Was Prime Minister Modi waving at a non-existent crowd in the Atal tunnel?

PM Modi loves to be photographed. And he also loves to wave his hand at both visible and invisible people. So, when he waved his hands in an empty tunnel on Saturday, people cracked up on Twitter

Photo Courtesy: Twitter/ @ANI
Photo Courtesy: Twitter/ @ANI

NH Web Desk

Prime Minister Narendra Modi inaugurated the 9.02 km-long Atal Tunnel in Rohtang on Saturday. Work on the world’s longest highway tunnel above an altitude of 10,000 feet began in 2010 and will reduce travelling time between Manali and Leh by four to five hours.

But neither the strategic significance of the tunnel nor the stupendous engineering feat by Border Roads Organization caught the attention of people. Nor did the PM Modi’s political speech at the inauguration ( he does it at almost every official function) caught much attention.

What did catch attention was the PM’s decision to inaugurate the tunnel himself ( it could have been done by the Himachal Pradesh Chief Minister, the Defence Minister or even the President of India, if not an engineer of the BRO) at a time of turmoil—and his vigorous wave at non-existent people while walking and driving through the tunnel.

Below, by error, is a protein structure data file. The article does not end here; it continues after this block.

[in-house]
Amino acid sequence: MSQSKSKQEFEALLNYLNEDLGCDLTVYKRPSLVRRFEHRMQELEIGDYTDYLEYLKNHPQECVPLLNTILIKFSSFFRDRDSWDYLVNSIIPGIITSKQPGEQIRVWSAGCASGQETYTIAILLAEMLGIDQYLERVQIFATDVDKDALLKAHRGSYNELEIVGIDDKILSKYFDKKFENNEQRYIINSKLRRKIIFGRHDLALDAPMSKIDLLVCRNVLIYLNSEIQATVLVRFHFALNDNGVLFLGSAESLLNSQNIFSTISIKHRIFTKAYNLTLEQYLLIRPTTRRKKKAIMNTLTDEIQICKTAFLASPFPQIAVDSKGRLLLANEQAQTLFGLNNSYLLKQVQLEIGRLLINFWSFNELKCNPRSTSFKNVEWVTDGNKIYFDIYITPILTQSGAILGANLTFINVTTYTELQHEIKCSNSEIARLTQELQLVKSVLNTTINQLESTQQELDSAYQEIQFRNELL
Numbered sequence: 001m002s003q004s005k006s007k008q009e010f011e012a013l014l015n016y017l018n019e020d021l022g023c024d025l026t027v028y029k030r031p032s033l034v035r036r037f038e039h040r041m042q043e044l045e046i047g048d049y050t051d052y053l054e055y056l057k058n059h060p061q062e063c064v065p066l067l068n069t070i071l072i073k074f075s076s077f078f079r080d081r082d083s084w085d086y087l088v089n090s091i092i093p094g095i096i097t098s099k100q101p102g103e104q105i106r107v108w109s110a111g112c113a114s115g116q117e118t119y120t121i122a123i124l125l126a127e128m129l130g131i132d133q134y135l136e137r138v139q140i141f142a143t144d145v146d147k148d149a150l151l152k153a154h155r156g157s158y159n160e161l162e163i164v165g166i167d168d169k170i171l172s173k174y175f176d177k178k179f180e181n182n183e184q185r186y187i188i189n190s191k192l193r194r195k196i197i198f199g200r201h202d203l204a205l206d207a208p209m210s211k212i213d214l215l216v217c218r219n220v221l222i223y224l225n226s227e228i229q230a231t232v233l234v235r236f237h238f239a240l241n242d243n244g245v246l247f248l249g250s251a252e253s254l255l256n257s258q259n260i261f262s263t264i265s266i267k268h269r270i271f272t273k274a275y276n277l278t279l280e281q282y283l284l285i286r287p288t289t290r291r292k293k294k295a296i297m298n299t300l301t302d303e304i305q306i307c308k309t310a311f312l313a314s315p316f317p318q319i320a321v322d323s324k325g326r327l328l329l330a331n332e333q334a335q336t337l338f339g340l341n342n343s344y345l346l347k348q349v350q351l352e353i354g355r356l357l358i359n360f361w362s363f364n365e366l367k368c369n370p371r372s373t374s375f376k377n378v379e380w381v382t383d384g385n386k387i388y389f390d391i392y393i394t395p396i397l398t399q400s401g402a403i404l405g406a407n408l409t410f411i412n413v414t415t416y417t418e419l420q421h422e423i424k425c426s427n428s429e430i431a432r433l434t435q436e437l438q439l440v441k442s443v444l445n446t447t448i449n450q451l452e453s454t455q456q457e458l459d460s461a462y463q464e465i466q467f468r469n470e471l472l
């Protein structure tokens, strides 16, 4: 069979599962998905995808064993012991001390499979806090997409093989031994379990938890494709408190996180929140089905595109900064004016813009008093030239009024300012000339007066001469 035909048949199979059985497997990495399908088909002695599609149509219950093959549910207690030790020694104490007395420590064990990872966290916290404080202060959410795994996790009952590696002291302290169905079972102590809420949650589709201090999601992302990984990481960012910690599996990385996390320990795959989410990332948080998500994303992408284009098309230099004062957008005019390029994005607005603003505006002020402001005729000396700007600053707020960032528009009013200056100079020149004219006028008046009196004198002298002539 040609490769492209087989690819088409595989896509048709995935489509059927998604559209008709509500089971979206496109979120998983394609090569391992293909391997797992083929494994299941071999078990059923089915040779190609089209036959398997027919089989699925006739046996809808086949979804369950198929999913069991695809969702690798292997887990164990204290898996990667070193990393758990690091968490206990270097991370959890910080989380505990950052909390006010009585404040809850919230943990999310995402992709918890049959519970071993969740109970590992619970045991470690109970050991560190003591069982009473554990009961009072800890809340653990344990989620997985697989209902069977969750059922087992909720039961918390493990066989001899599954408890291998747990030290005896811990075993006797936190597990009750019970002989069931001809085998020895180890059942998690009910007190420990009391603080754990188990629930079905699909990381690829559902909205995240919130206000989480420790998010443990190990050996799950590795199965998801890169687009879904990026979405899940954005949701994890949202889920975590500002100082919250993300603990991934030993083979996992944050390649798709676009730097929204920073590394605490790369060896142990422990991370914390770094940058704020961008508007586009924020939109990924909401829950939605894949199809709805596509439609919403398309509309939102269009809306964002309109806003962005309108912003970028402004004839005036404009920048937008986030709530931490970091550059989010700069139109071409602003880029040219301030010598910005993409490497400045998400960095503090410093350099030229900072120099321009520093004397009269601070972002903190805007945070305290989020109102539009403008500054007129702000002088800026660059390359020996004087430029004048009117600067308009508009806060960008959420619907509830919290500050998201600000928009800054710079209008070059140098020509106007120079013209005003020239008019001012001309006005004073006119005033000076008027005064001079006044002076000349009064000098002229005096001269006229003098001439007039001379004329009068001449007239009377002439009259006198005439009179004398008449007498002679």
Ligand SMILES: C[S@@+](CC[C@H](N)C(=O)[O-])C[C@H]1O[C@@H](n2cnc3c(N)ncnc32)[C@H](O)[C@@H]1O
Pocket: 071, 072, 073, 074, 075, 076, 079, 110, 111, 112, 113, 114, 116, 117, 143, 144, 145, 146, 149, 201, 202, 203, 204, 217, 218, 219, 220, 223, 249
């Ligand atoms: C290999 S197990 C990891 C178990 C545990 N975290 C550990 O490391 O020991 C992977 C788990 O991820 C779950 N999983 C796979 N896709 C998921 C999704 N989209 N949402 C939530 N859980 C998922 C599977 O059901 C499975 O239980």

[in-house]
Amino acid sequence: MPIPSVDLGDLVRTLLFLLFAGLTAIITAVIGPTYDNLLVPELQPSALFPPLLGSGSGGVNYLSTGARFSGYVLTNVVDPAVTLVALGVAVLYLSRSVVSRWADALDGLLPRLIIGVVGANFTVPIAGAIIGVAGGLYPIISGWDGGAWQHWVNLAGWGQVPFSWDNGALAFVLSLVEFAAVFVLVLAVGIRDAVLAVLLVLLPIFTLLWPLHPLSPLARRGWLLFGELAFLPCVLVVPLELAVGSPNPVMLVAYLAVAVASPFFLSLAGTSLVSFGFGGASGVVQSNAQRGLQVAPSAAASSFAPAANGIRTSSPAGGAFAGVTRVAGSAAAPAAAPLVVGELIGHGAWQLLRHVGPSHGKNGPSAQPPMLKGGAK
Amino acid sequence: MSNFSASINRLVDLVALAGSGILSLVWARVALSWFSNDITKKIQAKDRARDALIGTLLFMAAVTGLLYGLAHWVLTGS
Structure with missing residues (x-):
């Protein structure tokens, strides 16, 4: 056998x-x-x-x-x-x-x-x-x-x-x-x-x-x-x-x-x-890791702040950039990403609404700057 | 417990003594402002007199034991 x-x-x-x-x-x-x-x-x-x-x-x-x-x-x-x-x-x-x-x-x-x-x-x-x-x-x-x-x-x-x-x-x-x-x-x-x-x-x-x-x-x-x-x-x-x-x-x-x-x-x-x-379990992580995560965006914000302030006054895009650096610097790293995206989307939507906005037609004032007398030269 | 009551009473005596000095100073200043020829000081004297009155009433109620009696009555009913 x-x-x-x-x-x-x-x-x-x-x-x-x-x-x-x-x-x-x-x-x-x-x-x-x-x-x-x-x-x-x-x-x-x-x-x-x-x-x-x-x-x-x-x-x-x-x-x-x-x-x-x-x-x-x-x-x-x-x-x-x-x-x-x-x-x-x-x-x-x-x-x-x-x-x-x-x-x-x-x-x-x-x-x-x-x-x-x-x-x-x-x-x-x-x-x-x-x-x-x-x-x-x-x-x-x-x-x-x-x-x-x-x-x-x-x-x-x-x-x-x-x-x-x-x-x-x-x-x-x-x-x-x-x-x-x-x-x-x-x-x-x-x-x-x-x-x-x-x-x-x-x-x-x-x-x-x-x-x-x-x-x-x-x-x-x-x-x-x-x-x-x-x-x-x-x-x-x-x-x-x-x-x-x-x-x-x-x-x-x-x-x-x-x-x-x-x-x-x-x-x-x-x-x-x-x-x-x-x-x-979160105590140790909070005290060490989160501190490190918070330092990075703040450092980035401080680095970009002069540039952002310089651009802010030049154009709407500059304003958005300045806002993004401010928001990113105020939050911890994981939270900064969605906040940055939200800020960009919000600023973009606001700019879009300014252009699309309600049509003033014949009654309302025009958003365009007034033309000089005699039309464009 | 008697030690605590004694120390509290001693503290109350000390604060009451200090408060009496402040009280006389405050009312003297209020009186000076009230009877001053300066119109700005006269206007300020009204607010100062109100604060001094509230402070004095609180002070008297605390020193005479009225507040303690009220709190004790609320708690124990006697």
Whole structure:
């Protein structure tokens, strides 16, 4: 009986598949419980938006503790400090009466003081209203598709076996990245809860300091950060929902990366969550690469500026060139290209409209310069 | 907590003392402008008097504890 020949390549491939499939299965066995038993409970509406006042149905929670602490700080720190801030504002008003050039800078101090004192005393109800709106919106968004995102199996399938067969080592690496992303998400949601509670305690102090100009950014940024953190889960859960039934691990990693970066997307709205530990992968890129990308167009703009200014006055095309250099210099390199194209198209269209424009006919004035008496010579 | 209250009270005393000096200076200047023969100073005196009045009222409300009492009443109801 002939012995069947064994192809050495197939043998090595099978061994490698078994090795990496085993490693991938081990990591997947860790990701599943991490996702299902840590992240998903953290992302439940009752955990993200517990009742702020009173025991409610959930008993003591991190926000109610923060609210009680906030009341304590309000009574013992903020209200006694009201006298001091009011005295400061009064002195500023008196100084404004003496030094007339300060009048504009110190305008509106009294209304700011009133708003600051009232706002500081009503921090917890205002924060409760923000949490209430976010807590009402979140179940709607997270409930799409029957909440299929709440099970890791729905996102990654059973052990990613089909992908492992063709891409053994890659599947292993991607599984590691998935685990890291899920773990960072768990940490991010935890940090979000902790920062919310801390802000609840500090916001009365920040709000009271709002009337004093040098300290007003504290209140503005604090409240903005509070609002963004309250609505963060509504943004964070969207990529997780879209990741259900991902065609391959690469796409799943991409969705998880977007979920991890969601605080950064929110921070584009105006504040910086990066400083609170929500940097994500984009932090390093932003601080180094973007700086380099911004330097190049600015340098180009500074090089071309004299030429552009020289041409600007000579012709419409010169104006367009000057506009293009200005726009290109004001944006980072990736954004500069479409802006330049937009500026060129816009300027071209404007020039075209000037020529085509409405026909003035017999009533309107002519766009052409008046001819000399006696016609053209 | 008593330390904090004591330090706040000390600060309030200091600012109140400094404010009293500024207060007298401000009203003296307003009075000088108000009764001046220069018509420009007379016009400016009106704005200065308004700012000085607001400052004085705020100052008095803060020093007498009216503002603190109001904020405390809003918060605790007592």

Is he all there / Is he alright, asked several people on Twitter. Why would he have waved at non-existent people ? He was generating a Modi wave, wisecracked someone while others speculated that he could be waving at the security personnel and photographers moving in front. Here are some of the Twitter links:

Former Ambassador K.C. Singh suggested that the PM could have actually flagged traffic through the tunnel and waved at the vehicles. Or perhaps he could have waved a military convoy through the tunnel?

The decision to construct the strategic tunnel below the Rohtang Pass was taken in the year 2000 when Atal Bihari Vajpayee was the Prime Minister.

  • The feasibility study for the Atal Tunnel was first done in 1990. The foundation stone for the access road to the south portal of the tunnel was laid on May 6, 2002. The first blast took place in 2010 and the last blast in 2017.

  • The 9.02 km long tunnel connects Manali to Lahaul-Spiti valley throughout the year. Earlier the road remained unusable for about six months every year owing to snowfall.
  • It reduces the road distance by 46 km between Manali and Leh and the time by about four to five hours.
  • Atal Tunnel has been designed for traffic density of 3000 cars per day and 1,500 trucks per day with max speed of 80 km/hr.

Follow us on: Facebook, Twitter, Google News, Instagram 

Join our official telegram channel (@nationalherald) and stay updated with the latest headlines